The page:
Deere & Company (NYSE:DE), the big farm equipment dealer, announces earnings before the open on Wednesday, May 15, 2013. The company has an amazingly consistent record of falling after announcing, regardless of whether it exceeds or falls below analyst estimates. Here are the results for the past four quarters, with the stock price change from the close on the day before the announcement until the closing price on Friday (when the weekly options expire):
Deere beat estimates twice and came up short twice, but in all four quarters, the stock traded lower after the announcement. Ironically, the quarter when it came up short by the greatest amount (8/15/12), the drop in stock price afterwards was half as great as the loss in the two quarters when it beat estimates.
If the tendency for the stock to fall after an earnings announcement continues (and there seems to be other good reasons why it might), anyone interested in owning shares in the company would be well advised to wait until after the announcement to make their purchase.
Over the last several months, I have been testing the proposition that the level of expectations prior to an earnings announcement is a better indicator of what the stock price will do than the actual earnings themselves. Many times, this has proved to be the case, and I have enjoyed some spectacular results.
This proposition has not always proved to be true, however. In my Seeking Alpha article published last week - How To Play The Green Mountain Coffee Roaster... I made the argument that earnings (for GMCR) would exceed expectations, but the stock would probably fall because expectations were very high (measured by whisper numbers being well above analyst projections and the stock running up strongly prior to the announcement).
While I was right on the money with my earnings projection, the company also announced a new five-year contract with Starbucks (NASDAQ:SBUX) and the stock soared about 25%. Of course, there was no way to anticipate such a development. On the other hand, the option spread I suggested (using the extremely high pre-earnings option prices which existed) gained 20% after commissions in spite of my being wrong about the stock dropping in price.
As was the case with GMCR, there are strong indications in DE that expectations are unusually high coming into next week's announcement. The stock price has moved steadily higher recently, gaining 12% over the past three weeks and whisper numbers are $2.91, or 6.2% higher than analyst estimates of $2.74.
The company is selling at a reasonable 11 times earnings and is paying a dividend with a yield of 2.3%, both numbers essentially equal to Caterpillar (NYSE:CAT). Two weeks ago, CAT came up three cents short of estimates and the stock rose 5.1%, but it is significant that coming into the announcement, the stock had fallen 12% over the prior month, and whisper numbers were below analyst estimates, two indications that expectations were exceptionally low, so a near earnings miss was taken by the market as an encouraging development. This price action gave further support to my belief that expectations are more important than the actual earnings themselves.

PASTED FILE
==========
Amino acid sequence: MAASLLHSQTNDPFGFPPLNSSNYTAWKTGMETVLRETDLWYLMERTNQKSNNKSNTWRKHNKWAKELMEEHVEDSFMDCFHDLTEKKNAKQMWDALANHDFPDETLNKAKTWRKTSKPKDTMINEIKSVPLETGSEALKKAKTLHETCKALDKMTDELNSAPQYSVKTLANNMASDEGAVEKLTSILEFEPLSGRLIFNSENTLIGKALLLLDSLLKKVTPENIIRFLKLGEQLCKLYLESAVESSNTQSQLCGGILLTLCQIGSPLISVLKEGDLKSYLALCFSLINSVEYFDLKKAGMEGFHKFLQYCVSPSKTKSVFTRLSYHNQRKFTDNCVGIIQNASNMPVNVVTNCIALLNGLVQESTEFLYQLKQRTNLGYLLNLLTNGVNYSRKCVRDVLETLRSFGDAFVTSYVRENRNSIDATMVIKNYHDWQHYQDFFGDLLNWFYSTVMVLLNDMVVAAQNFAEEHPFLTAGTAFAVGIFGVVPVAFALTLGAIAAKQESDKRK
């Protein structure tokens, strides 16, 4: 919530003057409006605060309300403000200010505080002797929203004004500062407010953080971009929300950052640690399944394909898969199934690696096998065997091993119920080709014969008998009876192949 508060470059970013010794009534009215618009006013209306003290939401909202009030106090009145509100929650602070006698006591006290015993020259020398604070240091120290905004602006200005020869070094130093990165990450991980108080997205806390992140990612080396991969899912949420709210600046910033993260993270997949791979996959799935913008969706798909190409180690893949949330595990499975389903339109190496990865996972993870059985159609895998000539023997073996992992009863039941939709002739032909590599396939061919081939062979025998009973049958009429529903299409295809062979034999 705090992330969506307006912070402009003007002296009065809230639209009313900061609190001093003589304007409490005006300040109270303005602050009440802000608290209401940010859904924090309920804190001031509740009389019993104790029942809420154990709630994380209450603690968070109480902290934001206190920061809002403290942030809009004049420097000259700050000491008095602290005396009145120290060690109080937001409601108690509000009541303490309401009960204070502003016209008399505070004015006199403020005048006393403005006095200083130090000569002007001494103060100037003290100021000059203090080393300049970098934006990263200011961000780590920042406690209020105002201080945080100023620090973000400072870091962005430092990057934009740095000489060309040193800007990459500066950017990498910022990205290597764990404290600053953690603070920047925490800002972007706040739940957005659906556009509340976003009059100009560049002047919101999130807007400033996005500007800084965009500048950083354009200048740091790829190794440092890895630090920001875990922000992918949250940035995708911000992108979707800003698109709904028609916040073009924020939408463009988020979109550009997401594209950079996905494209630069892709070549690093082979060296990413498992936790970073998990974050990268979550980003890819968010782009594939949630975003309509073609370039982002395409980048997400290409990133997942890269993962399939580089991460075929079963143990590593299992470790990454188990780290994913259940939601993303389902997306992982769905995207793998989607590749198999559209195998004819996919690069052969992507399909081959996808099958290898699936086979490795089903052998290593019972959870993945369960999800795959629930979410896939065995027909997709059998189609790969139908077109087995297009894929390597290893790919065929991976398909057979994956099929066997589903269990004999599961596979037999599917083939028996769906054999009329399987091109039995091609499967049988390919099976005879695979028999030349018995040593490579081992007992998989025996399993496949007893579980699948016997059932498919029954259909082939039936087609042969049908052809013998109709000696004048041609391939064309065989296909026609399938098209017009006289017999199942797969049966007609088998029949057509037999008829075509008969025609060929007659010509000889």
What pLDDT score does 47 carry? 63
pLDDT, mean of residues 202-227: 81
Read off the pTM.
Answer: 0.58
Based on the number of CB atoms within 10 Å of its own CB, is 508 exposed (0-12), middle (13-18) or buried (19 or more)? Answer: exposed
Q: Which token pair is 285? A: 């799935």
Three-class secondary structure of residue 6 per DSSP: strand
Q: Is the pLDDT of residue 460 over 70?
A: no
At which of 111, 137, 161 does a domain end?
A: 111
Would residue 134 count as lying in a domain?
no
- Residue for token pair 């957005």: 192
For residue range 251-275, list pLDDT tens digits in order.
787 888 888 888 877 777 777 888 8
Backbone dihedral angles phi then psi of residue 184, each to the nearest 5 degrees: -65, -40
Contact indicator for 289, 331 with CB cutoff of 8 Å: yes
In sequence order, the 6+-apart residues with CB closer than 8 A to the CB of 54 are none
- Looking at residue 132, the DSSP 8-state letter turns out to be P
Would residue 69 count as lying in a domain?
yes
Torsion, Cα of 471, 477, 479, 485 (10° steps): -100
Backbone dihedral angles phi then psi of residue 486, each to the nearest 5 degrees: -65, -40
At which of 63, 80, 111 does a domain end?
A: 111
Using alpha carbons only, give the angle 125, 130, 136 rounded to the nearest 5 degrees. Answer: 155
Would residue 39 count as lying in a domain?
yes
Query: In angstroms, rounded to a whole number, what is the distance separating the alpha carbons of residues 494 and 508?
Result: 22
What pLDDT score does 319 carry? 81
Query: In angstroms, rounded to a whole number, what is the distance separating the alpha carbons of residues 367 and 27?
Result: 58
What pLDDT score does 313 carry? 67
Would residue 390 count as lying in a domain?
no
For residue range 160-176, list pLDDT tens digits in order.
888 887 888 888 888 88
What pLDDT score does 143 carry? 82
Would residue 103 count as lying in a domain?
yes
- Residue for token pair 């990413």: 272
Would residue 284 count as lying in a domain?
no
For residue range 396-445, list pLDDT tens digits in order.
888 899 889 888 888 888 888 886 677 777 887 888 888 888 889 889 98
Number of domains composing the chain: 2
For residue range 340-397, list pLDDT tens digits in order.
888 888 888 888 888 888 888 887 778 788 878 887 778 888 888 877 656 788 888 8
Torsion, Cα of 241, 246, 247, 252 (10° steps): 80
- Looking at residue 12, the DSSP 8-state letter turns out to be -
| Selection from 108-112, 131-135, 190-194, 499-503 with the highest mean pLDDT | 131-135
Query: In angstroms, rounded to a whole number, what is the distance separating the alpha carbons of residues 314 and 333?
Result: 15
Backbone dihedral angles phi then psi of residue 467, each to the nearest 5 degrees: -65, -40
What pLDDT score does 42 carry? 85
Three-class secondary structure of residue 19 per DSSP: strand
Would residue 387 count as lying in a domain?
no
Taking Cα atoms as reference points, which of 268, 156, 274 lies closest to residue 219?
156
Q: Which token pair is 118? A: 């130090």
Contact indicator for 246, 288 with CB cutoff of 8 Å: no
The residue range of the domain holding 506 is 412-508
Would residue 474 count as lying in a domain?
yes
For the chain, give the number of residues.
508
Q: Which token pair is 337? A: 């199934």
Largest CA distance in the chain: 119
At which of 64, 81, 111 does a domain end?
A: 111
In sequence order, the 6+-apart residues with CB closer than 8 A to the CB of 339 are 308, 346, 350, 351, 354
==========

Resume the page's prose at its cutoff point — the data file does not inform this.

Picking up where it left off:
Three companies with related businesses to Deere - CAT, Titan Machinery (NASDAQ:TITN), and CNH Global N.V. (NYSE:CNH) all reported disappointing earnings this quarter, and both TITN and CNH fell over 5% after announcing. (Titan has a chain of construction and farm equipment stores selling machinery and tools mostly in the Midwest, and CNH, based in the Netherlands, manufactures and sells a line of agricultural and construction equipment and parts worldwide).
I suspect that there might be a positive correlation between the earnings results for CAT, TITN, and CNH (all disappointments) and what DE will announce. Given the high level of expectations for DE, in my opinion, there is a good chance that the stock will trade lower after the announcement (continuing its pattern for the past four quarters).
For people not content to wait until after the announcement to buy stock at a bargain, I am planning to make these option trades:
Buy To Open 10 DE June-13 95 puts (DE130622P95)
Sell To Open 10 DE May-13 92.5 puts (DE130518P92.5) for a debit of $2.35 (buying a diagonal)
Buy to Open 5 DE June-13 90 puts (DE130622P90)
Sell to Open 5 DE May-13 90 puts (DE130518P90) for a debit of $.90 (buying a calendar)
These positions will take less than $3000 to put on. The risk profile graph looks like this, assuming that implied volatility (IV) of the June puts will fall from the current level of 21 to 15 after the announcement, about where it was after the last earnings announcement:
The maximum gain comes if the stock holds steady or falls by about $3, and there should be a gain of some sort no matter how far the stock might fall. The big risk is on the upside where any gain over $2 will probably result in a loss for the week. I don't feel as strongly about these spreads as I did last week with the GMCR spread, but they look pretty good considering the past history for DE after earnings, the high level of expectations, and the recent results for similar or related companies for this current quarter.
Disclosure: I am long GMCR. I wrote this article myself, and it expresses my own opinions. I am not receiving compensation for it (other than from Seeking Alpha). I have no business relationship with any company whose stock is mentioned in this article.
Additional disclosure: I plan to buy the bearish option spreads on Deere as indicated in the article.